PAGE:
What’s Old Is New Again


record player

Photo credit Getty Images


It seems that many things from my youth that I thought were long gone are now making a comeback, and I couldn’t be happier.

When I was entering my teen years my parents gave me a choice for my birthday gift. I could get a bike or a record player. I chose the record player and, as a result, spent many happy hours listening to the precious few albums that I could afford to purchase. Whenever the local café was replacing its playlist in the jukebox, we teenagers had the opportunity to purchase the old 45’s at discount prices.

That was many years ago and since that time I (along with many others) have run the course of moving from records to 8-tracks to cassettes to CD’s and most recently to downloaded music on my iPhone and iPad. Technology always seemed to come up with improvements, or so we were led to believe.

But suddenly vinyl records are big again and back in vogue with more and more people purchasing turntables or what was more commonly referred to as record players in my day. It has been several decades since entertainment gurus deemed the turntable to be dead in the water and a dinosaur among newer and better technologies. In 1991 The Economist ran a story entitled “End of Track”, but those forecasters were wrong. Since 2006 sales of vinyl have been steadily increasing.

My husband and I are part of this latest trend as we just recently purchased an entertainment unit which has a turntable. Although the system also plays cassettes and CD’s, we were most interested in using it to play my old records (which thankfully I did not dispose of in one of many garage sales over the years). But it’s not just baby boomers who are returning to vinyl, it seems that it is the younger generation who are truly driving this revival.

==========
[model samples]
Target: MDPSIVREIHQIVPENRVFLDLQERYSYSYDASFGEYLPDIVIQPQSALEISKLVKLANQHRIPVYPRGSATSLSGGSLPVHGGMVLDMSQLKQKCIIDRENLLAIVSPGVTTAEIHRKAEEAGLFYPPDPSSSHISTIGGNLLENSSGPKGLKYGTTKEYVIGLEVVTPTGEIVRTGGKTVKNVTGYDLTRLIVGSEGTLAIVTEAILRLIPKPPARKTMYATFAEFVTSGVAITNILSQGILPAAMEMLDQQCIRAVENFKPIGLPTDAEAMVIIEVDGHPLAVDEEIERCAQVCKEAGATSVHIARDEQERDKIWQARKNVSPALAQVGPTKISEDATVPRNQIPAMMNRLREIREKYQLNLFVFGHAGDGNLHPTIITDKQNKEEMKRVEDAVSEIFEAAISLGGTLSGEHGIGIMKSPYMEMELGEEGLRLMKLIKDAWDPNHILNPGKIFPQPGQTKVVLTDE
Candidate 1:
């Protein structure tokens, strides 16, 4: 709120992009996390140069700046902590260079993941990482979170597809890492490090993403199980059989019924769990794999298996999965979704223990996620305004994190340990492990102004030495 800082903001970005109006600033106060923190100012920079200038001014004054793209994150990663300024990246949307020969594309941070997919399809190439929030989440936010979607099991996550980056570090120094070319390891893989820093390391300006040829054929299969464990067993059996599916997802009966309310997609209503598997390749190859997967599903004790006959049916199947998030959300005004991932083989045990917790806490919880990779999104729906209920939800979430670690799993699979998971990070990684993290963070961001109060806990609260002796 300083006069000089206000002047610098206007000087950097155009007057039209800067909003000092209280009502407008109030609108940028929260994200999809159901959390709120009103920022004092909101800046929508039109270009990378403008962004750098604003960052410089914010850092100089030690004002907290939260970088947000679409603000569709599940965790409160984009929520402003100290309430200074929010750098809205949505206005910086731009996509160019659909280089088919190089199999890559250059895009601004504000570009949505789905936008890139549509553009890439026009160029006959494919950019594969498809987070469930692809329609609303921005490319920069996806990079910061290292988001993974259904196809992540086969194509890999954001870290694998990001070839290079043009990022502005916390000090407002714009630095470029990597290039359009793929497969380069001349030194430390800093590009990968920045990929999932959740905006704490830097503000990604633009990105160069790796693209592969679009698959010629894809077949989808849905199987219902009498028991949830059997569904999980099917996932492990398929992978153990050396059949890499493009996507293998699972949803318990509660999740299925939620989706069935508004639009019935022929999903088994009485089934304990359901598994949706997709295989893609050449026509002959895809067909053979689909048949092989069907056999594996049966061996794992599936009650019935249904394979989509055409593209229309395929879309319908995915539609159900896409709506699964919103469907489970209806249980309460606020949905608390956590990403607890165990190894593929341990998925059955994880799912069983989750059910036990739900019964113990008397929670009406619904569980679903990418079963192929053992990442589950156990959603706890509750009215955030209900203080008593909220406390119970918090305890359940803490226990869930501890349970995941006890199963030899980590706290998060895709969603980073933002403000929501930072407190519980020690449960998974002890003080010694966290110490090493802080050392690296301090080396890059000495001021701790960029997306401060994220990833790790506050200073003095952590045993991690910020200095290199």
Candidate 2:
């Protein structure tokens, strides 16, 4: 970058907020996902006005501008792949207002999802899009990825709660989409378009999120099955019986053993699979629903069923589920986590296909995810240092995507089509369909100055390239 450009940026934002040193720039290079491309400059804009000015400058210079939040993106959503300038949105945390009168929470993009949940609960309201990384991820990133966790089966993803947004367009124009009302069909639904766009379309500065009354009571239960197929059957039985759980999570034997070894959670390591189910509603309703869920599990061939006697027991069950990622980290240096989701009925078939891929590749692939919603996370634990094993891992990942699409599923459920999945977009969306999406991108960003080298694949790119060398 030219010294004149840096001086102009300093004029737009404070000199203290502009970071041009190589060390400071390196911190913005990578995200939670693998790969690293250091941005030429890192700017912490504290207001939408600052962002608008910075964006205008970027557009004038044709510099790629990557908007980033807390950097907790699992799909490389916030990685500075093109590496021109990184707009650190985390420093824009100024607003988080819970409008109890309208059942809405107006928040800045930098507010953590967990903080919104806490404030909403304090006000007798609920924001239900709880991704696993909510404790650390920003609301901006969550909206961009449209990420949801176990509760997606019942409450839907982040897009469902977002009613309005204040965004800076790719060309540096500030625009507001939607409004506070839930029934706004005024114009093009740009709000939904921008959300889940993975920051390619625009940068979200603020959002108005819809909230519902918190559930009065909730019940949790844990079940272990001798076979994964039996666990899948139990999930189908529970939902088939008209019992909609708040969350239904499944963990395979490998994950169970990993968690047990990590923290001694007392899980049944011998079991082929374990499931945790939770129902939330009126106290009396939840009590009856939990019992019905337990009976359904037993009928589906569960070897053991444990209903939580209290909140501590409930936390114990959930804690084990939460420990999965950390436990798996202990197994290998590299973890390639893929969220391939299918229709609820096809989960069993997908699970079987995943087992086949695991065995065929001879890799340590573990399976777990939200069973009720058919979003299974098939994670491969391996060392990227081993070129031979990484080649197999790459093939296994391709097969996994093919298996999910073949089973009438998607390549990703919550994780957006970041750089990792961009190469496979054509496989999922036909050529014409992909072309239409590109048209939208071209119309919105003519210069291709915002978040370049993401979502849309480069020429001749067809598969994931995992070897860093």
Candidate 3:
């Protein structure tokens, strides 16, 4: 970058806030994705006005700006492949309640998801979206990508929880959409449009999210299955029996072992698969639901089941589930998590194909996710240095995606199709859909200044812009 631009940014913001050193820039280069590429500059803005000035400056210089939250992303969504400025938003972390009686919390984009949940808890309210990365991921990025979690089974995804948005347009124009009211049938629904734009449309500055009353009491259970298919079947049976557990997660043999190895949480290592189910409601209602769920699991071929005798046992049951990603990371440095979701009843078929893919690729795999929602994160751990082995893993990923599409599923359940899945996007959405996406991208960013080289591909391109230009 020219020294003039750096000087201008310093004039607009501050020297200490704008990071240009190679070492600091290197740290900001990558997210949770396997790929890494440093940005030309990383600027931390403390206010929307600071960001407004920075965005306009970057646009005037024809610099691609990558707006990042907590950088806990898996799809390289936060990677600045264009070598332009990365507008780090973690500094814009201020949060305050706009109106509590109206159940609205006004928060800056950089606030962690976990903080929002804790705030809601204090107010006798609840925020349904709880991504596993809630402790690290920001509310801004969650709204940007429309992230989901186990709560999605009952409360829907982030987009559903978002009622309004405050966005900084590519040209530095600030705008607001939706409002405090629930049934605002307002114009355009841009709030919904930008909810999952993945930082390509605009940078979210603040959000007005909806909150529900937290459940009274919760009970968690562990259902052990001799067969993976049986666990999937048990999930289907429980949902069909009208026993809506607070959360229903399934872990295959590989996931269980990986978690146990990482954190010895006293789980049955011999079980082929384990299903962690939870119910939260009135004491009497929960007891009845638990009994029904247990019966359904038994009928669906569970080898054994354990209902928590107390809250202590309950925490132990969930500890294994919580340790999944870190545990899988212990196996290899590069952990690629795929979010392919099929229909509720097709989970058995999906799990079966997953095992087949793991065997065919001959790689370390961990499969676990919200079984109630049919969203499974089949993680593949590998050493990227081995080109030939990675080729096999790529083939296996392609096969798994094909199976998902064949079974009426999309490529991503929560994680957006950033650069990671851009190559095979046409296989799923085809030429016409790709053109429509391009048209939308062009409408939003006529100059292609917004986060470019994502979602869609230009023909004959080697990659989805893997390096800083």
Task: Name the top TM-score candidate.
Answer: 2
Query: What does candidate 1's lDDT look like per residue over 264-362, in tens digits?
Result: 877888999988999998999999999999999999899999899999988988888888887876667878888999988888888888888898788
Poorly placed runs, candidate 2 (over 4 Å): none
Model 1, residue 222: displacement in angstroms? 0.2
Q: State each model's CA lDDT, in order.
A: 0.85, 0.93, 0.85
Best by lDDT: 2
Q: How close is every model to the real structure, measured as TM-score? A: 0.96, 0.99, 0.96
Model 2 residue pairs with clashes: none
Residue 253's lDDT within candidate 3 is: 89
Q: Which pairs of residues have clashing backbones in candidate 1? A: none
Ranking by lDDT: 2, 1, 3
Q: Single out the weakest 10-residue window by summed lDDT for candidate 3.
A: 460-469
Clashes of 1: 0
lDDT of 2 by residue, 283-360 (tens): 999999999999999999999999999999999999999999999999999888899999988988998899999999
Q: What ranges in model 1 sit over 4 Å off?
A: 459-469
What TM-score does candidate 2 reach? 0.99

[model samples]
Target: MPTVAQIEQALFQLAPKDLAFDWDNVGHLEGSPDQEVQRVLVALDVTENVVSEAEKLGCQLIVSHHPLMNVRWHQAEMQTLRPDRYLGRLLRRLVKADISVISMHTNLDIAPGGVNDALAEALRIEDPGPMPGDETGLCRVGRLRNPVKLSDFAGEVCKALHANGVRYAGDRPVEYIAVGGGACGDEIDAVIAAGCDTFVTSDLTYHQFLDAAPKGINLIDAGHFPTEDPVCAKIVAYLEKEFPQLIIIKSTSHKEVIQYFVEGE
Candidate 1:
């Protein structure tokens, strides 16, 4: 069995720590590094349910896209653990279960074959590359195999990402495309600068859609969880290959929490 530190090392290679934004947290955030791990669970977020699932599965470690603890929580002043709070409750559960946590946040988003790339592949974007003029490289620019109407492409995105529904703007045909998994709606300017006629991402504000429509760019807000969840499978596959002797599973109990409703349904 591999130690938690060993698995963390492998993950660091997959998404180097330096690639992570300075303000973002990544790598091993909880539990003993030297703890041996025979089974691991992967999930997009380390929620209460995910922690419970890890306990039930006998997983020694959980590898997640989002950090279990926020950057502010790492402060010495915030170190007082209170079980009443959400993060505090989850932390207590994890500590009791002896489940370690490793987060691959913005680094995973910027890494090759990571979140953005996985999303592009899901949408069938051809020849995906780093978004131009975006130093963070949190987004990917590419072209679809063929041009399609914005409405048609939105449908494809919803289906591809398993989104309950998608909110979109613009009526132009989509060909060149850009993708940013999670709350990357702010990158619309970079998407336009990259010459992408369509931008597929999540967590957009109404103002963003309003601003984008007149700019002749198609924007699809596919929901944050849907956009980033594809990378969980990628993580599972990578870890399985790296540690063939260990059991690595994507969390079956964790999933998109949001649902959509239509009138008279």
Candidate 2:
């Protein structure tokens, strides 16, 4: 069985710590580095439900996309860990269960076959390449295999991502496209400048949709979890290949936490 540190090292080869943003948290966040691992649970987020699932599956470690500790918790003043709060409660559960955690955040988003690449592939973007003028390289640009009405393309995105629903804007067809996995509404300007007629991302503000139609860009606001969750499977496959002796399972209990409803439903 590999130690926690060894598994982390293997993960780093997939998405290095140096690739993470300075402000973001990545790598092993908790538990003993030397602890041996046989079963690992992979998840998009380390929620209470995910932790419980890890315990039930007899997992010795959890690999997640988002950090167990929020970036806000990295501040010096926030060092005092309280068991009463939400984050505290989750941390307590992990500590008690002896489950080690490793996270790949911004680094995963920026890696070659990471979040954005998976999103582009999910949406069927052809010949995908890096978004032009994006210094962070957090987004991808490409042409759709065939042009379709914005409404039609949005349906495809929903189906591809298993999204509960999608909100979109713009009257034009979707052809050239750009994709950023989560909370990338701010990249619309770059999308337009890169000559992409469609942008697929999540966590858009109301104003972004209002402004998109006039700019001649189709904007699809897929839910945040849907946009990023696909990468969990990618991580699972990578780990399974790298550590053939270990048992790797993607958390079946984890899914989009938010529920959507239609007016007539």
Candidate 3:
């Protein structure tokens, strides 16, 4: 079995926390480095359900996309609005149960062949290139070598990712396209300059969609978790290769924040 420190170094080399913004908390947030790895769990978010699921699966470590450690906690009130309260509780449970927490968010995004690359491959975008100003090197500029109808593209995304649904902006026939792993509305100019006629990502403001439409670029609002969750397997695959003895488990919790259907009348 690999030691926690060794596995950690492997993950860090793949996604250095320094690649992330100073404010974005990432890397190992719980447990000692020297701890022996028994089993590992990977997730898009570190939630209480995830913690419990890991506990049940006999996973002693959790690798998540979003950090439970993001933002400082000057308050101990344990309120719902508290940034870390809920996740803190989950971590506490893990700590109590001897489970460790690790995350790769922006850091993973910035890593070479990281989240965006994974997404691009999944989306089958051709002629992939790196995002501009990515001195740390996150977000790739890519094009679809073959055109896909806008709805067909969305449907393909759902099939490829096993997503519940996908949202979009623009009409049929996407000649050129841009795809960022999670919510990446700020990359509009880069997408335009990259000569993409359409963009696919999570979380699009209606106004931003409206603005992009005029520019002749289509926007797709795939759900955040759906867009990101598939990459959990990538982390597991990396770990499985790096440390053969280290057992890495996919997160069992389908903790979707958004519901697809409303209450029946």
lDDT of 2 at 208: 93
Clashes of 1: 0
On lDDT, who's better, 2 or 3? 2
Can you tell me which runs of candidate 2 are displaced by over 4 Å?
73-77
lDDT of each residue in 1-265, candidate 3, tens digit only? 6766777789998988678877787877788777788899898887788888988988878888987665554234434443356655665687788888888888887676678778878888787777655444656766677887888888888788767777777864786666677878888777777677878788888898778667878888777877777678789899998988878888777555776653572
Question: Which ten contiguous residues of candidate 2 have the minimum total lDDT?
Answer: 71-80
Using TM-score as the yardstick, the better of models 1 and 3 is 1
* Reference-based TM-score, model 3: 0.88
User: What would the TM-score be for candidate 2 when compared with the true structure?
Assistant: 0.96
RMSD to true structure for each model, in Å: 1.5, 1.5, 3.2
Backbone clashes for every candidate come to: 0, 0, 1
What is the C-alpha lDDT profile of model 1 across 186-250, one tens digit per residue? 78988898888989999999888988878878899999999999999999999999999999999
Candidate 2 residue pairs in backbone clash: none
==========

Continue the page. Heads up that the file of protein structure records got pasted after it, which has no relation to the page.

So what’s behind this comeback in an age where music can be downloaded instantly, at little or no cost and in formats that are much more convenient? Some claim it’s akin to being at a live concert, but James Stables says the return “shows something’s lacking in digital music”. And Tim Ingham, editor of Music Week, maintains that people “demand something packed with tactile reward”. In other words, the look and feel of vinyl provides something that digital music cannot.

For me, vinyl bears resemblance to an old-fashioned book. Yes, I can download a book onto my iPad (and I often do so when I am travelling), but nothing can replace the feel of a paperback or hardcover in my hands. And likewise, nothing is as satisfying as slipping that vinyl out of its sleeve, setting the needle carefully in the groove (now you young folks know where the term groovy came from) and settling back to let the music envelope me.

Vinyl is back and so is a part of my youth!



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